6th Annual Convention and A.G.M.
This was held as usual on the last weekend of September at the White Swan. Apologies were received from Karl Illingworth, whose father was in hospital having suffered two heart attacks, Andrew Brooks as his son was getting married that day, Barry Norman who had to go to Devon as his Mother had suffered a stroke, Celia Bailey who had most of her business stock stolen the day before the Convention, and Mike Perkins who was unable to make it. Our President Stanley Hunter gave his report, and mentioned the books published and to be published by the Study Group, and that back numbers of the Newsletter were now available. This was followed by the report of the Secretary & Editor Bill Tonkin who said that he was now up to date with the Newsletter which had fallen sadly behind, before he took on the job in May and explained that the Newsletter was being produced by a team of three. The Treasurer Damon Murrin reported that a lot of dead wood (non paying members) was being cut out, and the Group's number now stood at 38, which included 9 new members. these reports were accepted by the meeting. Afterwards the election of Officers and Committee took place, and the following were elected.
Vice President Karl Illingworth
Secretary Bill Tonkin
Treasurer Damon Murrin
Committee Don Knight
Auditor Nancy Tonkin
News Letter Team Bill Tonkin
The following items were discussed and agreed.
1. That a constitution should be drawn up which will be presented at our next A.G.M.
2. That there should be a Circulating Packet organised, if sufficient members wished to receive it. This would consist of a packet containing approximately 100 postcards, to be posted round a circuit.
3. Next year's Convention will be held at Wembley, on the 25th & 26th of September 1993.
As there was no other business the meeting closed at 10.45.
After the A.G.M. the first display was given by Stanley Hunter on the subject that he had just produced a book on, namely the 1888 Glasgow International Exhibition. I think everyone was impressed by the amount of material he has been able to amass on what is a relatively unknown exhibition, certainly until his book was published I don't think anyone knew much about it. After a break for coffee we saw a display by Arthur Smith, who had stepped in at the last moment to replace Barry Norman's display, which Barry was unfortunately not able to give. To me his display on the Royal Tournament was a really first class effort. As you will all be aware, the post cards of this series of events which started in the early 1900's never have a date on them, and are very seldom postally used, so it is almost impossible to sort them out. Arthur has tackled this problem and has been able to date the whole lot, He explained how he had done this with the aid of programs which gave details of each years special feature.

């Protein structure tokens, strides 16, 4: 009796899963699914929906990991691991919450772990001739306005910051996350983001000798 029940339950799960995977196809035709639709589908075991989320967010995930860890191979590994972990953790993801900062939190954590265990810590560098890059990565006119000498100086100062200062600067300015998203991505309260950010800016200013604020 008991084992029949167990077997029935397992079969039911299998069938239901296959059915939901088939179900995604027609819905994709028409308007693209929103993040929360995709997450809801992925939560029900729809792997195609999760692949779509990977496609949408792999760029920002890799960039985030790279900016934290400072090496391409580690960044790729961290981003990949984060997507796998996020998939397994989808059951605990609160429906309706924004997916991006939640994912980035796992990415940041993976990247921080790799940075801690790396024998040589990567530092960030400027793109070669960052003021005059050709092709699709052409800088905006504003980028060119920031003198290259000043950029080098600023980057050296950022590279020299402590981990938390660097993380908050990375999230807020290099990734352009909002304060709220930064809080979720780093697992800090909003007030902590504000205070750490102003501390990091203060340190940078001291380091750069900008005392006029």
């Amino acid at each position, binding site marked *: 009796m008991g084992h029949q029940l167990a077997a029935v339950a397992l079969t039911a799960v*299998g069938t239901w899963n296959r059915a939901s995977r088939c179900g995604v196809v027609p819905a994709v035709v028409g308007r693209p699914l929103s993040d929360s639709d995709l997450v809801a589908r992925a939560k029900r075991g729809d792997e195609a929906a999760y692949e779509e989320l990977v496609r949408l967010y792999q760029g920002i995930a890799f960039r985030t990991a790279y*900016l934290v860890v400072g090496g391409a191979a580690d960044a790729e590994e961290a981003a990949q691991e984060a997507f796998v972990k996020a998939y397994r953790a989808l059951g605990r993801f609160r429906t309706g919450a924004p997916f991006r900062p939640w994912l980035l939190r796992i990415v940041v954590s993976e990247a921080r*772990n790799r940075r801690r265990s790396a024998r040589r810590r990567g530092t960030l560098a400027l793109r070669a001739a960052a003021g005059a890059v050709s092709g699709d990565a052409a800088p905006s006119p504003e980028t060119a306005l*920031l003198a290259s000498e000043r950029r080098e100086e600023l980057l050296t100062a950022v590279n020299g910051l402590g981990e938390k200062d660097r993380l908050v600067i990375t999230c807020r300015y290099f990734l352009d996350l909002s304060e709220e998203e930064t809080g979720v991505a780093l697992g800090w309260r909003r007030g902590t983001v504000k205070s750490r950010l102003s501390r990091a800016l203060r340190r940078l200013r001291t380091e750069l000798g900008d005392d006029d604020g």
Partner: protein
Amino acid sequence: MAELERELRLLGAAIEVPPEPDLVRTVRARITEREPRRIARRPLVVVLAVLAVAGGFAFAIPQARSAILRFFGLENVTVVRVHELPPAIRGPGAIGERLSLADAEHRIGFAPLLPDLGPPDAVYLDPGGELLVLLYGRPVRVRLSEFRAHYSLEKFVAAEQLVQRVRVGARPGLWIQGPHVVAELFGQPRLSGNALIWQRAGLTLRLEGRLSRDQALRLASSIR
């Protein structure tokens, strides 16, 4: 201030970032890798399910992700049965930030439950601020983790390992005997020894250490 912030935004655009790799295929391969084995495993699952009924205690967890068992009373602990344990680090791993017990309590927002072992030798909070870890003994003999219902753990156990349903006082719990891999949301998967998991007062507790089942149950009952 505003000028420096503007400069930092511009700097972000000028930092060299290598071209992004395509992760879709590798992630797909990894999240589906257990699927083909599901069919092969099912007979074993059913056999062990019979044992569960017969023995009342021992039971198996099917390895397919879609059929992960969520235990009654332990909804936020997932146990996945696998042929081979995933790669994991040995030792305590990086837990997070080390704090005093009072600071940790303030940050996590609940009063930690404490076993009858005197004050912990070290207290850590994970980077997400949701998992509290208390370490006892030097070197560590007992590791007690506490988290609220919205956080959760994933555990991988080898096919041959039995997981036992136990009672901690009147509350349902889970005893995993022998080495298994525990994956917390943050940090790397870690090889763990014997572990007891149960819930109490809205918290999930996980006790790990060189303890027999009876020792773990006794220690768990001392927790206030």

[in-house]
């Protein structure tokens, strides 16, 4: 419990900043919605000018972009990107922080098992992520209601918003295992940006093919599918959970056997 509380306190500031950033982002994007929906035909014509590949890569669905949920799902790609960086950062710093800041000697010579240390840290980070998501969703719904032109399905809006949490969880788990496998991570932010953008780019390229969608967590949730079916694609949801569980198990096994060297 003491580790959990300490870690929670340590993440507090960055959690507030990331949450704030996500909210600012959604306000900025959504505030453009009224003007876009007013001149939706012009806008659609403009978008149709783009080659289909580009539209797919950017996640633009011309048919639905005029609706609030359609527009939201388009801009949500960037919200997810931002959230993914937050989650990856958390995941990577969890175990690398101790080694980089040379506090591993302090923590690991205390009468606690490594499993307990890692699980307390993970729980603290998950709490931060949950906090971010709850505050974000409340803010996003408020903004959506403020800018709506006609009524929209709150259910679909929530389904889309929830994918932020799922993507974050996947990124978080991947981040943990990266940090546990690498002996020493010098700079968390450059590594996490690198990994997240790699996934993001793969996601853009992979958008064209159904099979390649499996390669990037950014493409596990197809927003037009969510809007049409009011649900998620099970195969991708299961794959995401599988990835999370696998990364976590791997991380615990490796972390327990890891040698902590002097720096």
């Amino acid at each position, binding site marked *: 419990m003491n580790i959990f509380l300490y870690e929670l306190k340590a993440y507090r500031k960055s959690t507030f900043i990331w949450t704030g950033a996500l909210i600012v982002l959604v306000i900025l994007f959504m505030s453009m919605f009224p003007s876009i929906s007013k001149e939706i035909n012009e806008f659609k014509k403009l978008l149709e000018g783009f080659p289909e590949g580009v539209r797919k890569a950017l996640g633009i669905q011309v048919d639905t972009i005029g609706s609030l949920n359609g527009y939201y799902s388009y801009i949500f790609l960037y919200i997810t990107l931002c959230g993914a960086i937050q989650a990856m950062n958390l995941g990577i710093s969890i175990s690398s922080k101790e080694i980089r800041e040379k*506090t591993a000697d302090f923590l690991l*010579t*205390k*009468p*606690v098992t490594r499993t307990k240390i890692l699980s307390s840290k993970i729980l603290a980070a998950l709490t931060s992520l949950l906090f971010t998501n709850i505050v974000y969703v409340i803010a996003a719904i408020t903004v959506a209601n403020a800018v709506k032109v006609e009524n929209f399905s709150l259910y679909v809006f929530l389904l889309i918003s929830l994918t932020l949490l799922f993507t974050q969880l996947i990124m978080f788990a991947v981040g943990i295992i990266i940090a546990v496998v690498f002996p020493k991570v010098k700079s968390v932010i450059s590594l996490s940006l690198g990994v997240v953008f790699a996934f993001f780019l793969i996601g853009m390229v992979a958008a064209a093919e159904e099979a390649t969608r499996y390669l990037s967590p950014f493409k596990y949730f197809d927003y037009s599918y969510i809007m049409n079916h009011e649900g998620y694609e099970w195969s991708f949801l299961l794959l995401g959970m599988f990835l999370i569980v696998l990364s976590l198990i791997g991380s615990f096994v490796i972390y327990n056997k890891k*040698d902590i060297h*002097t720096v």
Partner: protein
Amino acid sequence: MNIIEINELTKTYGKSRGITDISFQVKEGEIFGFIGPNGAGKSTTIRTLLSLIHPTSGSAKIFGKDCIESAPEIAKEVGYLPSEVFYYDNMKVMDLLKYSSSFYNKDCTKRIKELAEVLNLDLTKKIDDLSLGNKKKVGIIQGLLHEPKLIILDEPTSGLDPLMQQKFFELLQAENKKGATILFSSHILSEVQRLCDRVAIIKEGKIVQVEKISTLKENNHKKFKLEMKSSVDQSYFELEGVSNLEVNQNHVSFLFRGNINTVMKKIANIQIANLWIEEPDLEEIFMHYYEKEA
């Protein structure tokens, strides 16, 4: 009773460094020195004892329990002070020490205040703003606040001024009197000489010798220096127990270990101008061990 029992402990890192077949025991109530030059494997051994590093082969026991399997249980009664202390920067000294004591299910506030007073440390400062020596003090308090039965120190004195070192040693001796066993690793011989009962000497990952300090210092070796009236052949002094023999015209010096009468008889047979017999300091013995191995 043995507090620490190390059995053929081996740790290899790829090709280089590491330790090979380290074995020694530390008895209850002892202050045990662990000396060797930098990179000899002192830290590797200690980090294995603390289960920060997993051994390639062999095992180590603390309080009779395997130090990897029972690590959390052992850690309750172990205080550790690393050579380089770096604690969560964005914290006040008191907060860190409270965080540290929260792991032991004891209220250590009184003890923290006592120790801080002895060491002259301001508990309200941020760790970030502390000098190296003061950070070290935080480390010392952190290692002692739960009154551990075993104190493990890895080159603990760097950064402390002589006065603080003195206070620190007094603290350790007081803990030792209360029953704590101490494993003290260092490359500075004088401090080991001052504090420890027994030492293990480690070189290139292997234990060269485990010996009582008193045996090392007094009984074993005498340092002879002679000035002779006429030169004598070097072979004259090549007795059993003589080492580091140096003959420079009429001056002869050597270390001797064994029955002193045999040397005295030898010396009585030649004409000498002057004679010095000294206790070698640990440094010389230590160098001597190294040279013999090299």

After a ploughman's laid on by our host, we settled down to Don Knight's Cinderella at the Exhibition, this we found was not about a glass slipper and pumpkin, but a superb show of Cinderella material connected with exhibitions. To think at one time they gave this stuff away. I only wish I had more of it. A break for tea and biscuits and then our final display of the afternoon given by Fred Peskett on the 1939 New York Worlds Fair, a good show on a subject that we have not seen before. After the last display we went back to Bill's house for a cup of tea and a general browse through his spare post cards. 7.00 saw us back at the White Swan for our Annual Dinner, where we were pleased to welcome Celia who had managed to make it and commiserate with her on her misfortune.
The first display at 10.00 on Sunday morning was by a new member giving his first ever public display. This was Bob Tough showing Early Balloon and Air Flights from Crystal Palace, Bob knows his subject and has some very nice material, and we all enjoyed it. To finish before our coffee break we had a short display by Alan Sabey on Wembley stamps bearing Wembley Exhibition Parcel Cancellations, all carefully placed over tracings of the large parcel postmark, a lot of work went into that display. In my days as a stamp collector nobody would dare show a stamp with a parcel cancellation as it ruined the stamp, but looking at Alans display brought home to me just how scarce this sort of material is today.
Bill Tonkin finished up with some very nice Japan British Exhibition cards, including two complete sets of the very scarce Japanese Department of Communication cards, one unused and one with the special 1910 Tokio hand stamp.
After lunch we crossed the road and went into the Crystal Palace Museum. We had done this last year and members had enjoyed it so much that several had requested that we did it again, not with a guided tour this time, but a slow amble round at our own pace. There is still so much to see that has been there since 1854, the sun was out, and it was the end to a perfect weekend.